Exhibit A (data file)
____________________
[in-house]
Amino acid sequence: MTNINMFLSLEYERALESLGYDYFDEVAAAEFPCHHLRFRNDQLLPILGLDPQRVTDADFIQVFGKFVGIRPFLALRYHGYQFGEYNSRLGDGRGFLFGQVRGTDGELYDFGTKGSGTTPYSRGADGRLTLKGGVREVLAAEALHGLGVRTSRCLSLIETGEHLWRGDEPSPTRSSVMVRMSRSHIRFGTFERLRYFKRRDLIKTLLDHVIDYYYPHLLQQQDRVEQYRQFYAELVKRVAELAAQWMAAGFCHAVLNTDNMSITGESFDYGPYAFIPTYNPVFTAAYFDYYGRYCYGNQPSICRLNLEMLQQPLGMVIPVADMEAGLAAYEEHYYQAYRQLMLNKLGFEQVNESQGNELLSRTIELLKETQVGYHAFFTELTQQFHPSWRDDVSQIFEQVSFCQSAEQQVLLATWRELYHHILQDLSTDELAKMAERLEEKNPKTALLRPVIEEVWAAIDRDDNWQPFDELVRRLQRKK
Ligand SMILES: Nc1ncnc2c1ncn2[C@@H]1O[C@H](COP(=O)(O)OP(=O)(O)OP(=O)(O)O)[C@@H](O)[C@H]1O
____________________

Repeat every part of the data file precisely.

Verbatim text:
[in-house]
Amino acid sequence: MTNINMFLSLEYERALESLGYDYFDEVAAAEFPCHHLRFRNDQLLPILGLDPQRVTDADFIQVFGKFVGIRPFLALRYHGYQFGEYNSRLGDGRGFLFGQVRGTDGELYDFGTKGSGTTPYSRGADGRLTLKGGVREVLAAEALHGLGVRTSRCLSLIETGEHLWRGDEPSPTRSSVMVRMSRSHIRFGTFERLRYFKRRDLIKTLLDHVIDYYYPHLLQQQDRVEQYRQFYAELVKRVAELAAQWMAAGFCHAVLNTDNMSITGESFDYGPYAFIPTYNPVFTAAYFDYYGRYCYGNQPSICRLNLEMLQQPLGMVIPVADMEAGLAAYEEHYYQAYRQLMLNKLGFEQVNESQGNELLSRTIELLKETQVGYHAFFTELTQQFHPSWRDDVSQIFEQVSFCQSAEQQVLLATWRELYHHILQDLSTDELAKMAERLEEKNPKTALLRPVIEEVWAAIDRDDNWQPFDELVRRLQRKK
Ligand SMILES: Nc1ncnc2c1ncn2[C@@H]1O[C@H](COP(=O)(O)OP(=O)(O)OP(=O)(O)O)[C@@H](O)[C@H]1O